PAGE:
Peter Karman


SWISH::API::Object - return SWISH::API results as objects


  use SWISH::API::Object;
  my $swish = SWISH::API::Object->new(
                    indexes     => [ qw( my/index/1 my/index/2 )],
                    class       => 'My::Class',
                    properties  => {
                        swishlastmodified => 'result_property_str',
                        myproperty        => 1,
                    stash       => {
                                dbh => DBI->connect($myinfo)
                    serial_format => 'yaml',
                    filter      => sub { my ($sao, $result) = @_; return 1 },
  my $results = $swish->query('foo');
  while ( my $object = $results->next ) {
    # $object is a My::Class object
    for my $prop ($swish->props) {
        printf("%s = %s\n", $prop, $object->$prop);
    # $object also has all methods of My::Class
    printf("mymethod   = %s\n", $object->mymethod);


SWISH::API::Object changes your SWISH::API::Result object into an object blessed into the class of your choice.

SWISH::API::Object will automatically create accessor methods for every result property you specify, or all of them if you don't specify any.

In addition, the result object will inherit all the methods and attributes of the class you specify. If your class has a new() method, it will be called for you. Otherwise, a generic new() method will be used.




SWISH::API::Object is a subclass of SWISH::API::More. Only new or overridden methods are documented here.



Same as in SWISH::API::More.


The class into which your Result object will be blessed. If not specified, the index header will be searched according to the API specified in SWISH::Prog::Object, and if no suitable class name is found, will default to SWISH::API::Object::Result::Instance, which is a subclass of Class::Accessor::Fast (whose magic is inherited from SWISH::API::More).

The class should expect at least one property called swish_result which contains the original SWISH::API::Result object.


A hash ref of PropertyNames and their formats. Keys are PropertyNames you'd like made into accessor methods. Values are the SWISH::API::Property methods you'd like called on each property value when it is set in the object.

The default is to use all PropertyNames defined in the index, with the default format.


Pass along any data you want to the Result object. Examples might include passing a DBI handle so your object could query a database directly based on some method you define. The stash value should be a hash reference, whose keys/values will be merged and supercede the properties values passed to the class new() method.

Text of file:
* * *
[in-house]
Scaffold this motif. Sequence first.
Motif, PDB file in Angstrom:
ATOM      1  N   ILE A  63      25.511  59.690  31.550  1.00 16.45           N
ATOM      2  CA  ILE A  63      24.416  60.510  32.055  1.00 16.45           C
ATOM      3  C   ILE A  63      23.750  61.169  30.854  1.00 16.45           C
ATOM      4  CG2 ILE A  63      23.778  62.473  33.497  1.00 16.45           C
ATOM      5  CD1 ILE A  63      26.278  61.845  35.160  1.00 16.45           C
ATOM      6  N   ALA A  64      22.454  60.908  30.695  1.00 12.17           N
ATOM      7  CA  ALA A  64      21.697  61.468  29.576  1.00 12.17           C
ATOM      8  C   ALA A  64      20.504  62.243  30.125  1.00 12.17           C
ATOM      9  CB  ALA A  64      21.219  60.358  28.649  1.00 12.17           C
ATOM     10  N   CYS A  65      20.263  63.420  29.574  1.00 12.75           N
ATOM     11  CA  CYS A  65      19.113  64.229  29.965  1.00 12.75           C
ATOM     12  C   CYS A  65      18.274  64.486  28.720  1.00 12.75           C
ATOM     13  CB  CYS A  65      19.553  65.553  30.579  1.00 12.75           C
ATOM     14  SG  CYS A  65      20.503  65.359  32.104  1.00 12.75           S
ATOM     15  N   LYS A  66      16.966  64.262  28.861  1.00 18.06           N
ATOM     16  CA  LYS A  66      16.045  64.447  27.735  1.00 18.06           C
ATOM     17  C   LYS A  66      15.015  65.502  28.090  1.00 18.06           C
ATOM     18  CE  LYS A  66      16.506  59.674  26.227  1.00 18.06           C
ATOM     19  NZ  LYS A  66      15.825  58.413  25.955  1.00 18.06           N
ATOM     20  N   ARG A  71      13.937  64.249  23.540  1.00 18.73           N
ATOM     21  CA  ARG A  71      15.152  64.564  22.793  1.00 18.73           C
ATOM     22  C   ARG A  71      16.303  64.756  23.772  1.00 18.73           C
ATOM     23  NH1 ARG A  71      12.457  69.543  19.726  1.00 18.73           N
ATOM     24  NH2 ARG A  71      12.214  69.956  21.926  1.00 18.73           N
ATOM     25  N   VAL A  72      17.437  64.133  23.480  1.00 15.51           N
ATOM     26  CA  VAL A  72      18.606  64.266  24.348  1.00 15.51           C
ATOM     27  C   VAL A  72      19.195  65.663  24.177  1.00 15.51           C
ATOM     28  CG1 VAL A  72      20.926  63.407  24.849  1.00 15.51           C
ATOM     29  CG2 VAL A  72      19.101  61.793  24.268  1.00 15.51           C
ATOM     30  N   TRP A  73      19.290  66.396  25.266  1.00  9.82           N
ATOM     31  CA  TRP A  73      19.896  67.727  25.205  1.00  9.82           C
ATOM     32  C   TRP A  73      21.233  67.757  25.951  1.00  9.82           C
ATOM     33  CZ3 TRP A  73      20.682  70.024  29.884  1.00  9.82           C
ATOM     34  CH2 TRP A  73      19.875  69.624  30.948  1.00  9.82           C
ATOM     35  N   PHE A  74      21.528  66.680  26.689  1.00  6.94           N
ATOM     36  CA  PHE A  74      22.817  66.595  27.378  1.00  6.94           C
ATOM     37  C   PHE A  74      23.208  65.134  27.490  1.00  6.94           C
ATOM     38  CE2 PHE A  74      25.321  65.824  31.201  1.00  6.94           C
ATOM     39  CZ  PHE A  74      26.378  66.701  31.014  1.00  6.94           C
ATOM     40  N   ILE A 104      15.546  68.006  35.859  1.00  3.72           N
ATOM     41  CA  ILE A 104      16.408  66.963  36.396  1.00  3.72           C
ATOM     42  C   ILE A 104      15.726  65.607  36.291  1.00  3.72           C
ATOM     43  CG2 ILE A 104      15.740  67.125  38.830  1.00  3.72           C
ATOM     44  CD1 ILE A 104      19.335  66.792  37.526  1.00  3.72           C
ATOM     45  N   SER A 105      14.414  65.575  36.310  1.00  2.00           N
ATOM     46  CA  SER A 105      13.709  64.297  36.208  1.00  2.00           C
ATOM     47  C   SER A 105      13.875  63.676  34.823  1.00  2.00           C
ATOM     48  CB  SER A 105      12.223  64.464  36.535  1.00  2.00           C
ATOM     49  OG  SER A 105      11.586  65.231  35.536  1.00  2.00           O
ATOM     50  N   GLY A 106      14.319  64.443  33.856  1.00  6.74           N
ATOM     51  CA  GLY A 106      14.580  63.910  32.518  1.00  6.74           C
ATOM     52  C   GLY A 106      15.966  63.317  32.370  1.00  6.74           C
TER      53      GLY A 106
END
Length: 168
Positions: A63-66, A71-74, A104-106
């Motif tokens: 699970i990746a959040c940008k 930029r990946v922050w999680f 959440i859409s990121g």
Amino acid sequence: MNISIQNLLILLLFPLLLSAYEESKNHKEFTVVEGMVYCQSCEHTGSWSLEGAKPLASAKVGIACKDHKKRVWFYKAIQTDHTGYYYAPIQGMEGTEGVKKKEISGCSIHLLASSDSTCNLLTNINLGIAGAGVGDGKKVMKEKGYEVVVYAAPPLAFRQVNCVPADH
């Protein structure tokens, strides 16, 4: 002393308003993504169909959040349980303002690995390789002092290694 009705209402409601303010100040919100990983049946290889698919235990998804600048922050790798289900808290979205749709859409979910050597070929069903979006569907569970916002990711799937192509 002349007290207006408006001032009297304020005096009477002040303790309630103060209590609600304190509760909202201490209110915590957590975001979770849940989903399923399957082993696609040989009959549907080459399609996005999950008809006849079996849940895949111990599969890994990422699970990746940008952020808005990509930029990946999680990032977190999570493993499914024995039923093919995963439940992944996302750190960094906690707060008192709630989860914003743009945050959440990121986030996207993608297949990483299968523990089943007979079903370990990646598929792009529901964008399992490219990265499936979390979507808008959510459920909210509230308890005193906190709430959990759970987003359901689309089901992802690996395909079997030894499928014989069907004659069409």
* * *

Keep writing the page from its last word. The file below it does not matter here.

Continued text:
What format should serialized Perl values be assumed to be? The default is yaml. You might also specify json. If you have serialized values in some other format, then you'll need to subclass SWISH::API::Object::Result and override deserialize().

If your properties are simple strings, numbers or dates, and you haven't indexed them as serialized objects, then just set serial_format equal to 1.

See SWISH::Prog::Object.


Pass in a CODE ref to filter results in the SWISH::API::Object::Results next_result() method. Your filter should expect two arguments: the SWISH::API::Object object and a SWISH::API::More::Result object.

Your filter may use the filter_cache() method on the S::A::O object to stash data between next_result() calls. The default return value of filter_cache() is an empty hash ref.

If your filter returns true, the result will be object-ified and returned. If false, then next_result() will be called again internally and the next SWISH::API::Result object passed on to your filter.


Get/set the class name passed in new().


Get/set the properties hash ref passed in new().


Utitlity method. Returns sorted array of property names. Shortcut for:

 sort keys %{ $swish->properties }


The internal SWISH::API::Object::Results class is used to extend the SWISH::API next_result() method with a next_result_after() method. See SWISH::API::More for documentation about how the *_after() methods work.




Peter Karman, <>

Thanks to Atomic Learning for supporting some of the development of this module.


Copyright (C) 2008 by Peter Karman

This library is free software; you can redistribute it and/or modify it under the same terms as Perl itself.